What was interesting to me about that is that both the Senate and the House voted substantial majorities for making organic farming a part of the American National Farming Policy. Again, it was a situation where you had an energy dynamic that was different than I found in Washington in 1968.

In addition to that, it so happened that very early on in my career in Washington I ran across a guy named Harry Coulter. You may or may not know of him. He is sort of the modern theorist of Homeopathy, or one of them along with Dana Allman and a few others and wrote the book called divided legacy, which talks about the way that the American establishment suppressed homeopathy at the turn of the century. 

But Harry came to me because of the unique relationship that homeopathy has to the Food and Drug Administration. Its unique because the Food and Drug Administration operates under a law that specifically defines a drug - anything that homeopathic is a drug - and that makes it a protective class under the American Food and Drug laws. So that it has been allowed to function and thrive over the last 50 years since the Food and Drug Act was passed - about 55 years now, and its been allowed to do taught because of the way that the law was drafted in 1938. 

So Harry and I spent a lot of time working on homeopathy and trying to help get it positioned and able to work effectively and in fact I am here today because I was sponsored by the group with the "pump", they told me to say. (laughter)

Peter Sepper worked with them has been involved with me and these battles since 1971 when we started out fighting on all these issues I just described. Now I picked those three as examples for a very specific reason. I believe that they all are invective of a larger way of looking at the world that is expressing itself in various arenas in the country, and I see it in Washington continuously.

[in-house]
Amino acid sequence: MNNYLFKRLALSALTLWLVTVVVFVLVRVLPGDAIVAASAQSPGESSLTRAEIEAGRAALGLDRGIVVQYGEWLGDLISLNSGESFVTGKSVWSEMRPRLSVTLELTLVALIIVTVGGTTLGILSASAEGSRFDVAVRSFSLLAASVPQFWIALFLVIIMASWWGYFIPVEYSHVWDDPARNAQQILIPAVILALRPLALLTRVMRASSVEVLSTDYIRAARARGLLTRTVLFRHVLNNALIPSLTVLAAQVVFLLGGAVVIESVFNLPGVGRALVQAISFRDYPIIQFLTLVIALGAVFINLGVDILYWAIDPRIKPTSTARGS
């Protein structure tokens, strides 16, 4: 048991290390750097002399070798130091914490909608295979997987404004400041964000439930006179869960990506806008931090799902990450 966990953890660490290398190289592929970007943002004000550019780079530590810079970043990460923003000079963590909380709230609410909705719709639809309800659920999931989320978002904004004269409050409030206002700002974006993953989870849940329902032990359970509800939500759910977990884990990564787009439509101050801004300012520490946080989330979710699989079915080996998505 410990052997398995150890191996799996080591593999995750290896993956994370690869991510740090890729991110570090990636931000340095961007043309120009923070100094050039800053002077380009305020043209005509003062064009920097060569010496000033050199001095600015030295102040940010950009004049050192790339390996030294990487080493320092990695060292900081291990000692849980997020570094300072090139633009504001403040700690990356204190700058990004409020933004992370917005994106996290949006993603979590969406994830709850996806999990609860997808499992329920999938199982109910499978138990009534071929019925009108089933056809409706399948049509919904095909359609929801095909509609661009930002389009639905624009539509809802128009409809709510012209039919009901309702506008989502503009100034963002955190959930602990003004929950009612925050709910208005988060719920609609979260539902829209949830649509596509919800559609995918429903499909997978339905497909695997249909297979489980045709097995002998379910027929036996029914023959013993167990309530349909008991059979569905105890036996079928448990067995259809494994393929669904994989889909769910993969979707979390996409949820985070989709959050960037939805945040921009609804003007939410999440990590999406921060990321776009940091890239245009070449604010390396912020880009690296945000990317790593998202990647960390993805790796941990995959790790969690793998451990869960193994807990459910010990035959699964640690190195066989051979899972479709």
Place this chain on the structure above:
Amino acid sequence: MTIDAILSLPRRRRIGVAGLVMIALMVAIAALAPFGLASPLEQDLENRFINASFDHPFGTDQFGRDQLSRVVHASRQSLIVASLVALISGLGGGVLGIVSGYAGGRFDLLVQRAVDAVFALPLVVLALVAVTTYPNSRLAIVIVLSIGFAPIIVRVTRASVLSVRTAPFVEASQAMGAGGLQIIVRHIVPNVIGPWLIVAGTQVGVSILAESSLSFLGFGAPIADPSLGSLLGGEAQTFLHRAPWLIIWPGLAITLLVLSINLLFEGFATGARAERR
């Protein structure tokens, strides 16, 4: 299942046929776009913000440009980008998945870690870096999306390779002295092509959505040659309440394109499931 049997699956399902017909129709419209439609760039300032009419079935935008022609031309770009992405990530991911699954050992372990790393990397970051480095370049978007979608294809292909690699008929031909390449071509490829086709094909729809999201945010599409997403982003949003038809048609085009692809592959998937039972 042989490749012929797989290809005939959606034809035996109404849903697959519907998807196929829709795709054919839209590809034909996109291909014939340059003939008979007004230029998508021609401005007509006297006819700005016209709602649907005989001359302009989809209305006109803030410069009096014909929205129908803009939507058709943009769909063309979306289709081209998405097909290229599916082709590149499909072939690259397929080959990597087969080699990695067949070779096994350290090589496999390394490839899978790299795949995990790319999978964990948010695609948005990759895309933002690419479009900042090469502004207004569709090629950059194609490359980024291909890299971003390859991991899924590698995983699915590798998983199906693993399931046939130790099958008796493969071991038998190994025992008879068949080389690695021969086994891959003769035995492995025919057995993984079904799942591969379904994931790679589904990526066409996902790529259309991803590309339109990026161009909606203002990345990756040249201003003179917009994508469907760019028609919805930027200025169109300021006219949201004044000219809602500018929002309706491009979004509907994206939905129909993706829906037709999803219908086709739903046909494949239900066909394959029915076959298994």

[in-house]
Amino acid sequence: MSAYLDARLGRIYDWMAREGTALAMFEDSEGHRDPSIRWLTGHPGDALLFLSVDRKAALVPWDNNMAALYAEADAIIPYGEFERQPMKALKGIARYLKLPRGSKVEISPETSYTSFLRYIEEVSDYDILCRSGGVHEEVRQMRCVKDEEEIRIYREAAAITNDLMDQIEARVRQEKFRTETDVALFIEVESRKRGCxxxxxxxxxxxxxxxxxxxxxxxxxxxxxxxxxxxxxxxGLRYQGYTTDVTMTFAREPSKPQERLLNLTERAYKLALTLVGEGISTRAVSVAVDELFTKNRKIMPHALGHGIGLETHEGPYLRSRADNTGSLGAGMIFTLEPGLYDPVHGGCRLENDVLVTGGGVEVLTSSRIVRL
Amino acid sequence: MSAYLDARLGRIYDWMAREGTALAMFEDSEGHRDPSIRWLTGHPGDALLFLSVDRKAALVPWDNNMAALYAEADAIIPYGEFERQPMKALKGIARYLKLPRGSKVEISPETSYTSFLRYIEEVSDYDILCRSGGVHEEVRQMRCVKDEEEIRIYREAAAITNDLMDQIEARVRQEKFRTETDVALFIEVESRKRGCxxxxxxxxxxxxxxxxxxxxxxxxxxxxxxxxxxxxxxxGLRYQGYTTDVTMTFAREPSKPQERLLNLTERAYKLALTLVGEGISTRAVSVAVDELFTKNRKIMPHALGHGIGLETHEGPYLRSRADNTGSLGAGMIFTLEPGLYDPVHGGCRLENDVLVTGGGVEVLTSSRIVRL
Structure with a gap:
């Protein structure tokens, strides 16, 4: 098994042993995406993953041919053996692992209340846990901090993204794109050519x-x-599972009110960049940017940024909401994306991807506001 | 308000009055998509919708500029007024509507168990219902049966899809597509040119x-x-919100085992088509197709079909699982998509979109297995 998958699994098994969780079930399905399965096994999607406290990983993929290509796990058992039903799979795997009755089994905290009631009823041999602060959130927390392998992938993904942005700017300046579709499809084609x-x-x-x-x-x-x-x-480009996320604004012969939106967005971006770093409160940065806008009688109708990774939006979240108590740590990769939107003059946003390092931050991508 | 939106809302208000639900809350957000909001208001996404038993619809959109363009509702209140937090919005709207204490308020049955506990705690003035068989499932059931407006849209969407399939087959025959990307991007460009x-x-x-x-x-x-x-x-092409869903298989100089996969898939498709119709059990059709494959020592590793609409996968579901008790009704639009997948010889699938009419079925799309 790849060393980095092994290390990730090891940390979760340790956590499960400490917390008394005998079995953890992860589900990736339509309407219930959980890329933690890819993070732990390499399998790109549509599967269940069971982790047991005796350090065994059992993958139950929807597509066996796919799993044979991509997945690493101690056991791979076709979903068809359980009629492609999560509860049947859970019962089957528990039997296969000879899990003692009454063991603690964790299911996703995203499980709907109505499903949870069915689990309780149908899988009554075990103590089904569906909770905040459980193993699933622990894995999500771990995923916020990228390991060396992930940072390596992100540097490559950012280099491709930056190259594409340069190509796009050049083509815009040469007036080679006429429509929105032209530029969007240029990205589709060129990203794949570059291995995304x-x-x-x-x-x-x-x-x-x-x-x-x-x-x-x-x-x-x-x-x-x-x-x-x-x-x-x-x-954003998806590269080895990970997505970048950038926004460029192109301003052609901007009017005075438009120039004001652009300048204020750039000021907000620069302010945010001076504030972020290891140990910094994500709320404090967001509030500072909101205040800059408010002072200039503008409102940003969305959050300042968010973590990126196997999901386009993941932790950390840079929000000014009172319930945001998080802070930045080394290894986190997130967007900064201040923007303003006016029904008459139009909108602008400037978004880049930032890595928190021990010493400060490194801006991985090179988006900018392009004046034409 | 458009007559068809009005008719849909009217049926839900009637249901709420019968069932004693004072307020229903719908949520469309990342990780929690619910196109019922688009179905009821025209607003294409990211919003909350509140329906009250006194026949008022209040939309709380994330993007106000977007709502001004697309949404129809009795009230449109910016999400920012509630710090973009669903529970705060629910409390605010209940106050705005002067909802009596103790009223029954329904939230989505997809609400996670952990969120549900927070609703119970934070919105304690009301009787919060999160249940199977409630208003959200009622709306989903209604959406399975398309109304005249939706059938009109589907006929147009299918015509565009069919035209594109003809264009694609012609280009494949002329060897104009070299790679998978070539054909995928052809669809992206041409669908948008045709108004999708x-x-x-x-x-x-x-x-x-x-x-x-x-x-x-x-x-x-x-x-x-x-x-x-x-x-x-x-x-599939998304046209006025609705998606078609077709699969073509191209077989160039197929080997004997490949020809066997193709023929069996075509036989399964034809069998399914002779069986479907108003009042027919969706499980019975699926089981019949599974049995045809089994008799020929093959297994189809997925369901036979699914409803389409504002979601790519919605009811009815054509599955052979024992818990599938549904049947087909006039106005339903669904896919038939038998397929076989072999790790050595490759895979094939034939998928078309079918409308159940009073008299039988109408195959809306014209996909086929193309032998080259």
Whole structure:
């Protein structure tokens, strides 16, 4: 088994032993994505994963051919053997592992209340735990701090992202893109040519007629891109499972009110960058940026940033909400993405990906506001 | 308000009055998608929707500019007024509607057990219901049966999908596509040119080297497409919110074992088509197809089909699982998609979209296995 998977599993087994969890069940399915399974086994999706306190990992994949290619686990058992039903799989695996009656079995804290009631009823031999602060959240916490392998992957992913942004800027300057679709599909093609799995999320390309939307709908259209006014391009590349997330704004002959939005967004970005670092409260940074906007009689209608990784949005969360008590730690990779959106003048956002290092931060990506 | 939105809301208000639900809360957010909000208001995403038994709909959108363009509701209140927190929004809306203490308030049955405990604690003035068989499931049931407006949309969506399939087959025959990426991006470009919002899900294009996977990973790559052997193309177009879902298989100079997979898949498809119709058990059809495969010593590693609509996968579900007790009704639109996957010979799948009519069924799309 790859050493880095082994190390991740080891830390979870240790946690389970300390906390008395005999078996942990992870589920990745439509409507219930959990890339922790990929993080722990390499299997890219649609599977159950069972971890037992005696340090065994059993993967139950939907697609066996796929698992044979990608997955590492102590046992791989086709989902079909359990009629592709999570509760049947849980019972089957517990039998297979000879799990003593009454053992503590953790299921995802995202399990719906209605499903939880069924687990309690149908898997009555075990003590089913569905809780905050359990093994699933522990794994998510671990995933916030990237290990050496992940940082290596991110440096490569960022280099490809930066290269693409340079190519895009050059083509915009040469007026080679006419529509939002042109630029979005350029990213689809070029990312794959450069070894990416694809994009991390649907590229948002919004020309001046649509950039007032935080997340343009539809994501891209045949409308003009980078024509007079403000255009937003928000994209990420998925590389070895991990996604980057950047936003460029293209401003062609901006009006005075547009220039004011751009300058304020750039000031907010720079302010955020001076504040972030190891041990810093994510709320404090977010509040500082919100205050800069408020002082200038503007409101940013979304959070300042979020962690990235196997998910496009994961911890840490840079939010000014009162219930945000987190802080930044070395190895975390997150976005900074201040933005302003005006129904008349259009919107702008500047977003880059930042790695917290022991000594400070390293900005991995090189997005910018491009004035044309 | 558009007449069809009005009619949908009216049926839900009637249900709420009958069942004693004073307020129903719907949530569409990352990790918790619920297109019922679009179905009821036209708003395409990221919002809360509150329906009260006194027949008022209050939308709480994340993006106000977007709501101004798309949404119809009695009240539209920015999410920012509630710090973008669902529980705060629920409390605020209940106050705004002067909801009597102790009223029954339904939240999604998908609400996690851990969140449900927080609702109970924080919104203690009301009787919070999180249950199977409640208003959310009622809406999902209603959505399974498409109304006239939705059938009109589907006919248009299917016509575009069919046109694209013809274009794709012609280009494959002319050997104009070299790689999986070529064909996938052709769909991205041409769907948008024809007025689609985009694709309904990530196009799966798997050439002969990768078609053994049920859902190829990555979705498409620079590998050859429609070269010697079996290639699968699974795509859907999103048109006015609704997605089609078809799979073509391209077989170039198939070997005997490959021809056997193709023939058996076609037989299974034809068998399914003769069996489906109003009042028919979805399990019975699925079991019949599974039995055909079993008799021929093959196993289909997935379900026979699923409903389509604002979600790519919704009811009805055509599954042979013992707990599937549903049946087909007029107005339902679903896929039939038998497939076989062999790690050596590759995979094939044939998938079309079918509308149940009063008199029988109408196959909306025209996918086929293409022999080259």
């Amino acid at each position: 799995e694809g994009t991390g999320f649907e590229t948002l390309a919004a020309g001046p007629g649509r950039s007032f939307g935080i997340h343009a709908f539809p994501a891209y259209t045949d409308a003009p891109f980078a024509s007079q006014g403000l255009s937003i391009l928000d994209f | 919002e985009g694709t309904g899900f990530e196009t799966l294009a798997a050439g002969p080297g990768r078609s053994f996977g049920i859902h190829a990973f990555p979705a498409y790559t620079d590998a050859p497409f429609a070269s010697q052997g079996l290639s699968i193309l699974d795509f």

The American system is organized around a whole set of analysis that are very rational and very sharp and very materialistic. The concept is that reality can be captured and identified and labeled and standardized. And that is a particular way of looking at things. Its the way we structure out laws, its the way we structured our system of science, and that particular way of seeing things is currently under pressure. 

Another area that fits into the overall shift that’s underway in the country that I also worked on is acupuncture. I am the Vice Chair of the National Commission for the Certification of Acupuncturists. And starting out in 1984, when that Commission was organized until now, acupuncture has moved very, very powerfully into the American culture.

Its moved in such a way that now its expressly legal in 28 states by Acts of the Legislature, and it is accepted in one way or another in most of the other states, and we would expect that maybe in the next two or three years it would be voted in by Legislatures in another ten or fifteen states. And its moving effectively into the society. 

And again, its a kind of way of seeing that is like what I call organic farming, nutrition and health, homeopathy - these are things that I would call energetic in their basis or as Harry Coulter would call imperical. 

I’ll give you a little example.